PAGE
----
Real estate investment trusts are set to spell big changes in the world of property investment. But while developers coo over their potential tax savings, contractors are wondering what type of beast the clients, and the projects, of the future will be. Josh Brooks gets out his crystal ball …
When Gordon Brown announced the introduction of real estate investment trusts in last month's Budget, it caused barely a ripple in the House of Commons. But all over Mayfair, champagne corks were popping in property developers' offices. They had a very good reason to celebrate: after years of campaigning, for some of construction's biggest clients the introduction of REITs represents an easy way to pay virtually no tax on their holdings.
The stock market was similarly elated: the combined value of British Land, Hammerson, Land Securities, Liberty International and Slough Estates leaped £2.5bn that same day. And it wasn't only developers who were excited - the finance director of supermarket megalith Tesco took his own shareholders by surprise when he declared that as "a big property company" it might also take advantage.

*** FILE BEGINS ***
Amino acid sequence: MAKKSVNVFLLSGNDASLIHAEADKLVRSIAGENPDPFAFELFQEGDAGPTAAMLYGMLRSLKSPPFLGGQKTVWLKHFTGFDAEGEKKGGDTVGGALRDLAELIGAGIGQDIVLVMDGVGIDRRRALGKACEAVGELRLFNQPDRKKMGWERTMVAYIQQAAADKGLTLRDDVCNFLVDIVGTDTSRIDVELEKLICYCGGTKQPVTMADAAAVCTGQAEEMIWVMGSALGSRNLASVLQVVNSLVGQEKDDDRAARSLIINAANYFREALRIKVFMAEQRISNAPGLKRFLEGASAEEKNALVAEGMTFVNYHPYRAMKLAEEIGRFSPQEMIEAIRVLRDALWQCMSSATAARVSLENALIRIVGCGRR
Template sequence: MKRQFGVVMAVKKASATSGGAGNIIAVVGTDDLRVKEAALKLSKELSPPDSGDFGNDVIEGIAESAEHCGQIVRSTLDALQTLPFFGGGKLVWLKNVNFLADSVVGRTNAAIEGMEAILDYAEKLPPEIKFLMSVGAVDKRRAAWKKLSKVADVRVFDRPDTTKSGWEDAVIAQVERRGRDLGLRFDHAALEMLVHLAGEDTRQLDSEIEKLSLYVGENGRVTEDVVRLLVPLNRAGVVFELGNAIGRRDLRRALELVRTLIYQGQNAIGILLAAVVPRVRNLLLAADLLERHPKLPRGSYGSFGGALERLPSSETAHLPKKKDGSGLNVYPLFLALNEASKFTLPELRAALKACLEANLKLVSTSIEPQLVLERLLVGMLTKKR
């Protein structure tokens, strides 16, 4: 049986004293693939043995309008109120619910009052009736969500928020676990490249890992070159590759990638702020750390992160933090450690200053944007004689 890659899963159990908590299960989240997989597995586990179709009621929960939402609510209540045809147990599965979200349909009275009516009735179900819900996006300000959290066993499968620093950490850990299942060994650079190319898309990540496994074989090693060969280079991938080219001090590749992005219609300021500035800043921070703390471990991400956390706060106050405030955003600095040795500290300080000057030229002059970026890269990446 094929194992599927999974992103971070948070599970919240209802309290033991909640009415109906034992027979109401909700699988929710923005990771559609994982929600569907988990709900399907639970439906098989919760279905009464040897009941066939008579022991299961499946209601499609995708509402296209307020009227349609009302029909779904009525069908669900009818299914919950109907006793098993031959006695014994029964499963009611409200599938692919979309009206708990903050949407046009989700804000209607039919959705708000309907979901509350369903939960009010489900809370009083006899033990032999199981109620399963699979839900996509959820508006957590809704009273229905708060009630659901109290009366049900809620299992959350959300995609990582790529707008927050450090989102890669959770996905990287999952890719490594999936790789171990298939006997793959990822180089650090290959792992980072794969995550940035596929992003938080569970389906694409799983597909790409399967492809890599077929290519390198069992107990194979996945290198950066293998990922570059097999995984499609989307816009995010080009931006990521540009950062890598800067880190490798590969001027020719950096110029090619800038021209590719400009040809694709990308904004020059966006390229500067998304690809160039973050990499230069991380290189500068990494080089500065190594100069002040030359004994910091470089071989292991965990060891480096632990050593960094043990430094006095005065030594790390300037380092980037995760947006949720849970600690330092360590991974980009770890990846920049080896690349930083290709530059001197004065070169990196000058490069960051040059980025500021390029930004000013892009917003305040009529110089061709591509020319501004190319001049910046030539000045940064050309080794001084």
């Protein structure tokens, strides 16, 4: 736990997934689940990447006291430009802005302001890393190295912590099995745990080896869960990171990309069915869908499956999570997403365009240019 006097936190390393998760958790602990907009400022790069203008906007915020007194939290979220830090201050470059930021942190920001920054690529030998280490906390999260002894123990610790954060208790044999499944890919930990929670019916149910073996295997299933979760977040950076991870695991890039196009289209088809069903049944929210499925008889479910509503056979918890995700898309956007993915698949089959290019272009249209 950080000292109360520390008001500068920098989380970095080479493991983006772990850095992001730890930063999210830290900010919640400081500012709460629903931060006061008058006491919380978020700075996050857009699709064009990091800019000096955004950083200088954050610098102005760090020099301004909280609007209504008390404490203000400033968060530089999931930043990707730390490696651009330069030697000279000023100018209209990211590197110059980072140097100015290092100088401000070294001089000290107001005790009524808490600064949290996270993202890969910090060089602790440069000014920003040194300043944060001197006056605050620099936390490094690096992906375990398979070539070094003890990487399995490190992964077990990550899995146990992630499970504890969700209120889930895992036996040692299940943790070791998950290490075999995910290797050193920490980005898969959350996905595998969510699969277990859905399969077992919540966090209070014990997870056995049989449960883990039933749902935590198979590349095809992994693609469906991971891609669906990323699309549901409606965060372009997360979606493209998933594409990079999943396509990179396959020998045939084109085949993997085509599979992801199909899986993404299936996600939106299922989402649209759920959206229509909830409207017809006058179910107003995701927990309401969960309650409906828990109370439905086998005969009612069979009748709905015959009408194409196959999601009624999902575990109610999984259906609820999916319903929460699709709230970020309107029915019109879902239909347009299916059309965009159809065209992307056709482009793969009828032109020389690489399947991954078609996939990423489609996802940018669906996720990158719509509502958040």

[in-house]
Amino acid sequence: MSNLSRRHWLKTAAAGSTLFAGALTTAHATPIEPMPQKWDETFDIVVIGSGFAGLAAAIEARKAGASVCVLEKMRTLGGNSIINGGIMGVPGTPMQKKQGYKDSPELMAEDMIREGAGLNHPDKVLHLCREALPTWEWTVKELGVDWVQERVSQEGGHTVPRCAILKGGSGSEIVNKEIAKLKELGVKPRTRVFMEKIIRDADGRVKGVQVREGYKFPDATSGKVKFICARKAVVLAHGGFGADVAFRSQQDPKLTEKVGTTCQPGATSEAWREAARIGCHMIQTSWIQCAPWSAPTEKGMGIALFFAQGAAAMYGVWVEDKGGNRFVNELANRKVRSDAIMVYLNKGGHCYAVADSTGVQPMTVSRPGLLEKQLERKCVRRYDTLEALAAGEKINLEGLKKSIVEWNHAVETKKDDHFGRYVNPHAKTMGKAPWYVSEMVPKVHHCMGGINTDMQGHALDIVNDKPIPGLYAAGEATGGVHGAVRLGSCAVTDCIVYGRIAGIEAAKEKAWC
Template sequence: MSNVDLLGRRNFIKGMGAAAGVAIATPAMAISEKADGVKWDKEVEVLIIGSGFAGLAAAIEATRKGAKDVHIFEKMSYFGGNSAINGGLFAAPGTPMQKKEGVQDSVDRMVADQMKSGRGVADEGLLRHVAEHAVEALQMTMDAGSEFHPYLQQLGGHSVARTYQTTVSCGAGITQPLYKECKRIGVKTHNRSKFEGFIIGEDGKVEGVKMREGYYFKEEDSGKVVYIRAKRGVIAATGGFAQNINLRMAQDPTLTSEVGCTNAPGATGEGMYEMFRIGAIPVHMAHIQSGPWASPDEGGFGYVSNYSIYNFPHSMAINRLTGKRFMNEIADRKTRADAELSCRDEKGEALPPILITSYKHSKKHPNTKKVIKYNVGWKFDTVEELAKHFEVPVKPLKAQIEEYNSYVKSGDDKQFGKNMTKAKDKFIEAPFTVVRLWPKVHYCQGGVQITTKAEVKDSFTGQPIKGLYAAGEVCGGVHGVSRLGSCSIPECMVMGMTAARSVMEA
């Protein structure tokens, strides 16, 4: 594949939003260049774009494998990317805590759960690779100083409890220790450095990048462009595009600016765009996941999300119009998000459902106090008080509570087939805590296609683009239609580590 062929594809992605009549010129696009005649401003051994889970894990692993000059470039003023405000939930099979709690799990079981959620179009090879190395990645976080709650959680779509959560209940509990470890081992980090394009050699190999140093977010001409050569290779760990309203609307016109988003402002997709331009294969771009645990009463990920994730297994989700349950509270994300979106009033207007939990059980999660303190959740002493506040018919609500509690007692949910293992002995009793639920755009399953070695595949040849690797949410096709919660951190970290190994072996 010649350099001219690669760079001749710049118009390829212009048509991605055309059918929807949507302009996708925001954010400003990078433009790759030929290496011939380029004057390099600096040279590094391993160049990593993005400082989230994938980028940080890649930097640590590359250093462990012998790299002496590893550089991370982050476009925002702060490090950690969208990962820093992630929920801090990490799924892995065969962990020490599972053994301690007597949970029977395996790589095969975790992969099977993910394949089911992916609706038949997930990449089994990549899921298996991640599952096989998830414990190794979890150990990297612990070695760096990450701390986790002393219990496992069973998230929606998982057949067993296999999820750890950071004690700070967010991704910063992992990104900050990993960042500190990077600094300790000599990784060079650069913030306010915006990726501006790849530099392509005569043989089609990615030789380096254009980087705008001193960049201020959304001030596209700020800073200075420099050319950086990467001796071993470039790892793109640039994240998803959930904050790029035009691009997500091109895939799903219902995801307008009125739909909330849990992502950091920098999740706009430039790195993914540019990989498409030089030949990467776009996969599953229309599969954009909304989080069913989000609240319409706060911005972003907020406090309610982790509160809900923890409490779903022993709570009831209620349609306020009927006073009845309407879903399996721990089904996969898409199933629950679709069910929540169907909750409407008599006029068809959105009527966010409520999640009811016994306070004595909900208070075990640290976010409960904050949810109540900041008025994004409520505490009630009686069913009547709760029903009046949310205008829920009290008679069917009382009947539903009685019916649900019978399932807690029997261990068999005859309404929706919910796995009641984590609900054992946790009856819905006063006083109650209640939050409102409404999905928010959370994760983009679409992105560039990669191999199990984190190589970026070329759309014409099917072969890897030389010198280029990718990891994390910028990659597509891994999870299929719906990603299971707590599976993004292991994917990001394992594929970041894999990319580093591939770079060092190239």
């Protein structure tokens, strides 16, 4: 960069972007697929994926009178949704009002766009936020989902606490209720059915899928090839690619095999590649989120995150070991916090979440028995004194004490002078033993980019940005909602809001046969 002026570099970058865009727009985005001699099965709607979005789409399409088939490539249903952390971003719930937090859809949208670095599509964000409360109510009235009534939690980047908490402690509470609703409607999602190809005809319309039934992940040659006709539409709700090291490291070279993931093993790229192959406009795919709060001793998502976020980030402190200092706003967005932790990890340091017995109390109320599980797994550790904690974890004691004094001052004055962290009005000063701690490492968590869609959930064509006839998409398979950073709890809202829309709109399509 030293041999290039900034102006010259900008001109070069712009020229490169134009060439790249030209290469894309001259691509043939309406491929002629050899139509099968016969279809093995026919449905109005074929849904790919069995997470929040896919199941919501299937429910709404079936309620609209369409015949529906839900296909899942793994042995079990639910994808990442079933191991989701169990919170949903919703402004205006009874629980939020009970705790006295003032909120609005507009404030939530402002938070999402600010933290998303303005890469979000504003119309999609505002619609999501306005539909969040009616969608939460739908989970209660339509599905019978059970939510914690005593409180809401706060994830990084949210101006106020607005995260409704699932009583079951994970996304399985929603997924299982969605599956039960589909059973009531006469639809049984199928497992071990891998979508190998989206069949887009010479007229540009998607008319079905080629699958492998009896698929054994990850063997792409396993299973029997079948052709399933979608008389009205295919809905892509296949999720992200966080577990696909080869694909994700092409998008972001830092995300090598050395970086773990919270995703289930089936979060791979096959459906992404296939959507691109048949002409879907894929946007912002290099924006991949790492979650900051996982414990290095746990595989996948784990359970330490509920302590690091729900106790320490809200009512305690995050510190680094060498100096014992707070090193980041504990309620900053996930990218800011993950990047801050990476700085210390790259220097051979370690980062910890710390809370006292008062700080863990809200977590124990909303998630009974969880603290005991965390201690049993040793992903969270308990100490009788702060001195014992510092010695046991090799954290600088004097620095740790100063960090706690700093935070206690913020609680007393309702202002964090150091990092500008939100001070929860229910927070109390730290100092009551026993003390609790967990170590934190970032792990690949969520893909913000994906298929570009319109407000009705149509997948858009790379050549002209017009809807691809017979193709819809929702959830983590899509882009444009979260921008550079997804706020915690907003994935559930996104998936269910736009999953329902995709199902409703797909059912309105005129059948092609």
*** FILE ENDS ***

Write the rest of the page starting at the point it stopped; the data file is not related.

What REITs will mean for construction firms on the ground is less clear, but with such excitement among their major clients, it's not something they can afford to ignore. Volumes of work are unlikely to change - it is, after all, occupiers rather than investors who determine what gets built, as Geoff Wright, a director at Hammerson, points out. But we will see a change in who's building them, and what kind of schemes they're looking for - not to mention the kind of contractors they want to work with.
Building asked developers what the future might hold …
A seismic shift in clients
Property developers fall into two broad camps - those who tend to hold on to their developments and those whose main business is to sell up and move on. The first group includes Liberty International, British Land and Grosvenor and it is they who will benefit from converting their investments into the REIT model. Residential developers or companies such as Development Securities or St Modwen don't own their assets for any length of time, so they are unlikely to make the move.